German rivals reach coalition agreement

German Chancellor agrees to form coalition government with campaign rivals Social Democrats after 17 hours of talks.

Reports say the SPD scored concessions in areas such as minimum wage and dual nationality law [AFP]
Reports say the SPD scored concessions in areas such as minimum wage and dual nationality law [AFP]

German Chancellor Angela Merkel’s conservatives and the centre-left Social Democrats (SPD) have reached a deal in their talks to form a coalition government.

Merkel’s Christian Democratic Union (CDU) and their Bavarian Christian Social Union (CSU) allies, winners of the September general elections, came to an agreement with the main opposition SDP early on Wednesday after a marathon of talks that lasted 17 hours.

Parties then formally presented the deal to a meeting of over 70 delegates from all three parties, German state broadcaster Deutsche Welle said.

The SPD scored several key concessions, including introduction of a national minimum wage, while Merkel stuck to her guns on her own red-line issue and blocked higher taxes for the rich, AFP reported quoting its sources.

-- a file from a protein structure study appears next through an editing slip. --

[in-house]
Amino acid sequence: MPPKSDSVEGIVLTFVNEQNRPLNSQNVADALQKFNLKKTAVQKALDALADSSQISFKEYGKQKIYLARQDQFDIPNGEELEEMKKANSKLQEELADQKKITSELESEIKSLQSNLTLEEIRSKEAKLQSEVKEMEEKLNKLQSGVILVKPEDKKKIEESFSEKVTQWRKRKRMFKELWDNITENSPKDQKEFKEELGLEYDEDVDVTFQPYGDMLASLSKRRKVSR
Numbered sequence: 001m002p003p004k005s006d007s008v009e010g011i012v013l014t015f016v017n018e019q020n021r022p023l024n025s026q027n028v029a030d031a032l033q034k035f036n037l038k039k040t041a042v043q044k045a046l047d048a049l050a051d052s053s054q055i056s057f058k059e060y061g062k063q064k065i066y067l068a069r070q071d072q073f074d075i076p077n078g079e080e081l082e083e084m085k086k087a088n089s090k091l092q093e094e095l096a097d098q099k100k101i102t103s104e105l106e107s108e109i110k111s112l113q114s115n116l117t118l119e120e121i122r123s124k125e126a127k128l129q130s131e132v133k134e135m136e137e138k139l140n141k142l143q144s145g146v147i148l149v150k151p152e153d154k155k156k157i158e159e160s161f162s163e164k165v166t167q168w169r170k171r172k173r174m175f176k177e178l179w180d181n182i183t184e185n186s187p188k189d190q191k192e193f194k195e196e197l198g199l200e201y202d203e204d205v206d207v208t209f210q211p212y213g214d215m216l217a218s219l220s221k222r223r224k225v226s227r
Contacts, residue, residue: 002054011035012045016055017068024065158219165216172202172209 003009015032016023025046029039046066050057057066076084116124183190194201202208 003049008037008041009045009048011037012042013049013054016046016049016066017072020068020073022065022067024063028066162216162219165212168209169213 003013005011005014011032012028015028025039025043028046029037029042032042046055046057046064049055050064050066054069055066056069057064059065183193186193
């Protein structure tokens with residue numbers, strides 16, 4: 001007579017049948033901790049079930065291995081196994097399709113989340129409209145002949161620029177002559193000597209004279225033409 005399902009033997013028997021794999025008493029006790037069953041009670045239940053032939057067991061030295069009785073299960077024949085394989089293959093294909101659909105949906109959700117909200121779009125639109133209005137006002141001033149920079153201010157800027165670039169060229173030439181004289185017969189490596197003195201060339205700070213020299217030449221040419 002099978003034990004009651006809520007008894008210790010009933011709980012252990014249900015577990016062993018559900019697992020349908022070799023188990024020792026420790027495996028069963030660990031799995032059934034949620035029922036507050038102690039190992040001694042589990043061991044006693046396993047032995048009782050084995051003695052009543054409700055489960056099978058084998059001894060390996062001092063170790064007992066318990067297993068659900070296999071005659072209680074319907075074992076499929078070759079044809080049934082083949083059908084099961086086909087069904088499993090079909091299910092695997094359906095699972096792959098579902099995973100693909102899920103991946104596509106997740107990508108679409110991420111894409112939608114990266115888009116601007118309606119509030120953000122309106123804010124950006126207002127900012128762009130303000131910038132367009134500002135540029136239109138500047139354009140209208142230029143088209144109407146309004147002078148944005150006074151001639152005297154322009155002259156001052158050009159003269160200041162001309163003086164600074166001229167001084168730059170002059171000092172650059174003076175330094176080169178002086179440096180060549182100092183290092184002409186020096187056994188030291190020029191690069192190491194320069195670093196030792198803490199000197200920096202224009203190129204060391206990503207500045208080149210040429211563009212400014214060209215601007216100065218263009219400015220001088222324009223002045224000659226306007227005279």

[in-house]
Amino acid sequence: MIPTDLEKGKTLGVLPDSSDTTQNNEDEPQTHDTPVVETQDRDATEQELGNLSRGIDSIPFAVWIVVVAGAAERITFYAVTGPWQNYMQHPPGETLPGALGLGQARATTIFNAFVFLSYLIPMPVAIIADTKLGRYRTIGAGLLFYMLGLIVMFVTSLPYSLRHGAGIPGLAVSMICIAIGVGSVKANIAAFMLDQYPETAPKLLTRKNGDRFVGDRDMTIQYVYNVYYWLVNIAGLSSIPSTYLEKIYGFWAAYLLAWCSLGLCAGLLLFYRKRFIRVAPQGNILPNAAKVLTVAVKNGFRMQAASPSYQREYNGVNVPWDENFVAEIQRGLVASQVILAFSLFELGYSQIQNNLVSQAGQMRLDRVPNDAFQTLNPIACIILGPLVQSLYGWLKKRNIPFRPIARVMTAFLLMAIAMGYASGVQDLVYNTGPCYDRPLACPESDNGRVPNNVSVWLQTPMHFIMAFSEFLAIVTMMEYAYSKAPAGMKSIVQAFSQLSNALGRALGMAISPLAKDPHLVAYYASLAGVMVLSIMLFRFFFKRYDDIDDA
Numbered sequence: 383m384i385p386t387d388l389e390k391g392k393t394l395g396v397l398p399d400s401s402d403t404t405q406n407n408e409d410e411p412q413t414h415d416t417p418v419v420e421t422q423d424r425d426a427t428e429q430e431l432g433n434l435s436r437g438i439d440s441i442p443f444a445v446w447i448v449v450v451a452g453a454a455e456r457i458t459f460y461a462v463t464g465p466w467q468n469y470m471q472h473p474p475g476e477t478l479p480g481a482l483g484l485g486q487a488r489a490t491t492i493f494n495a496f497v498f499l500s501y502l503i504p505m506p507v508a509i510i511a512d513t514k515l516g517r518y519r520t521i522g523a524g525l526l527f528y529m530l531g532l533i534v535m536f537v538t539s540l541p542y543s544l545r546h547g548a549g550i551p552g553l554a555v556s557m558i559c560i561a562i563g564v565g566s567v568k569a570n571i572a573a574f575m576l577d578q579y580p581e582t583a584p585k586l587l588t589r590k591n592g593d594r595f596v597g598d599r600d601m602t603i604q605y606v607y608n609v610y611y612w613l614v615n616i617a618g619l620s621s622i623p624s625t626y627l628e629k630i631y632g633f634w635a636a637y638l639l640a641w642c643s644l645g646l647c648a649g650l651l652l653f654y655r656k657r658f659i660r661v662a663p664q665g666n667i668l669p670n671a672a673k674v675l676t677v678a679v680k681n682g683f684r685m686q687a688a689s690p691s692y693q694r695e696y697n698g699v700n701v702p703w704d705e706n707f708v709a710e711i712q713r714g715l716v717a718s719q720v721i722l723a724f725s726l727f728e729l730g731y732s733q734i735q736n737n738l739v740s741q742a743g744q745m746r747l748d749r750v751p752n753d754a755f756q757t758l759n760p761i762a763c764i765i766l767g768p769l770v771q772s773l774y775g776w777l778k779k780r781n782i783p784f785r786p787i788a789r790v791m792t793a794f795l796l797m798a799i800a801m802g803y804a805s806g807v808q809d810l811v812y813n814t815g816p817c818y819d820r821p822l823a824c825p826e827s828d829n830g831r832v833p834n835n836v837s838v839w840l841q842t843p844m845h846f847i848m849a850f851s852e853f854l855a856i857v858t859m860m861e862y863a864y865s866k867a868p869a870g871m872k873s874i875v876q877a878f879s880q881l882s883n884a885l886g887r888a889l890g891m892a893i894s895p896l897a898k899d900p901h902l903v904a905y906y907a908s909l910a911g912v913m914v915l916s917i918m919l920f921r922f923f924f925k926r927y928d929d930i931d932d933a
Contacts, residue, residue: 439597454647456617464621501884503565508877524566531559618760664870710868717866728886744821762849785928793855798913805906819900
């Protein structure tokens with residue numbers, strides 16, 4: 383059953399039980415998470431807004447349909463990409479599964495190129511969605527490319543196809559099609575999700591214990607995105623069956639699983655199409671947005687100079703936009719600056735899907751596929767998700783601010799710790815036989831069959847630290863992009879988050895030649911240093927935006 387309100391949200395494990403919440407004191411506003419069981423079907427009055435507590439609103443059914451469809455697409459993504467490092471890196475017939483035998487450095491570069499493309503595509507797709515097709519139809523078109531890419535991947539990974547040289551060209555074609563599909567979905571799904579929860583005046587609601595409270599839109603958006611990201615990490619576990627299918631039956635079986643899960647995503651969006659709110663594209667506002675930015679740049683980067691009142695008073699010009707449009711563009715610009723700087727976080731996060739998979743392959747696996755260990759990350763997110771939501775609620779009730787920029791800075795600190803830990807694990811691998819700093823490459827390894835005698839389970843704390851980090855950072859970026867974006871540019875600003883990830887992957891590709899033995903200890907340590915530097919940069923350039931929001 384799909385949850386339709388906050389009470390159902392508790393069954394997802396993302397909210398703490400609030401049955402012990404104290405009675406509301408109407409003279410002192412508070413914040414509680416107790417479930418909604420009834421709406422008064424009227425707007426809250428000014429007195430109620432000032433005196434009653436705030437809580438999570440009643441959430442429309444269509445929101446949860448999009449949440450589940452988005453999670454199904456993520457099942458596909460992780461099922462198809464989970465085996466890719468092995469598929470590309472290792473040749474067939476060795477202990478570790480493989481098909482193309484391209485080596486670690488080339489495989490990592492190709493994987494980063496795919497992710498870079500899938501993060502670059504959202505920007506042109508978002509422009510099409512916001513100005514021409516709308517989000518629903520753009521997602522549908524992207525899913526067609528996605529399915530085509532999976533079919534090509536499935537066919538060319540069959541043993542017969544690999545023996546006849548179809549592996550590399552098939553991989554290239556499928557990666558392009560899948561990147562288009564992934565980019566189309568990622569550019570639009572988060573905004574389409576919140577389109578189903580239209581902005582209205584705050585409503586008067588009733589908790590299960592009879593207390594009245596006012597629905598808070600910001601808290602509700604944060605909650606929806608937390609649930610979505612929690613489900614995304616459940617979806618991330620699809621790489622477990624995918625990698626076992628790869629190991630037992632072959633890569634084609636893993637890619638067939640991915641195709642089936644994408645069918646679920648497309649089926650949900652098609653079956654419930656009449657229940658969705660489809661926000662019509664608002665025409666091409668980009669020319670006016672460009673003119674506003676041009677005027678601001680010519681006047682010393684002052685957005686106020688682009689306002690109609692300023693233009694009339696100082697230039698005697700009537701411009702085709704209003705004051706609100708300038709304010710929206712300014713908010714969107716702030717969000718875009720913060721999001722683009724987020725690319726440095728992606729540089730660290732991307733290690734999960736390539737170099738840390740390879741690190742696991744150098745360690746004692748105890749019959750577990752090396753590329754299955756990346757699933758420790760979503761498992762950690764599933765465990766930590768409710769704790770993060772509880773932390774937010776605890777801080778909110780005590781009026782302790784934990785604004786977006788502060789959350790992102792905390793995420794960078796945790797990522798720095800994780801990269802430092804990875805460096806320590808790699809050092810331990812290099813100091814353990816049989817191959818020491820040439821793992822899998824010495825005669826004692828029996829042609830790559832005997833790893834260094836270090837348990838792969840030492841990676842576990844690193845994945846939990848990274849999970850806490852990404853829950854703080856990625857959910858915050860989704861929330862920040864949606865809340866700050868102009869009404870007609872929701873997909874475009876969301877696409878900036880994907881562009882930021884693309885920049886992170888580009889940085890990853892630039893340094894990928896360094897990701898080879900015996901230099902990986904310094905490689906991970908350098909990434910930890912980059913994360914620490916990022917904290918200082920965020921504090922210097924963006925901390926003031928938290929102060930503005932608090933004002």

According to the deal, a minimum wage of 8.50 euros (11.50 US dollars) per hour will be valid from early 2015 to help the country’s working poor.

The SPD also pushed through a demand for a 30 percent women’s quota on the boards of listed companies from 2016, and an easing of a ban on dual nationality, a key demand of Germany’s large Turkish immigrant community, sources told AFP.

Both sides also agreed on pension increases to protect retirees in rapidly ageing Germany, where many elderly are growing scared of suffering poverty in high age.

In all, the additional spending and investment agreed by all sides until 2017 amounts to 23 billion euros, reported national news agency DPA.

The details of the deal are expected to be officially announced later in the day.

Landslide win not enough

CDU/CSU alliance soundly defeated the SPD in the general elections but failed to win a parliamentary majority. The conservative alliance got 41.5 percent of the votes, securing 311 seats in the Bundestag, the German lower house, falling short 316 necessary to form a government.

Merkel’s former coalition partner liberal Free Democratic Party’s votes fell below the formal electoral treshold of 5 percent, leaving it out of the Bundestag and forcing Merkel to negotiate with the SDP. The talks between the two sides have been going on for several weeks.

The two parties were in a “grand coalition” between 2005 and 2009, which resulted in consecutive election defeats for the SDP.

Source: News Agencies

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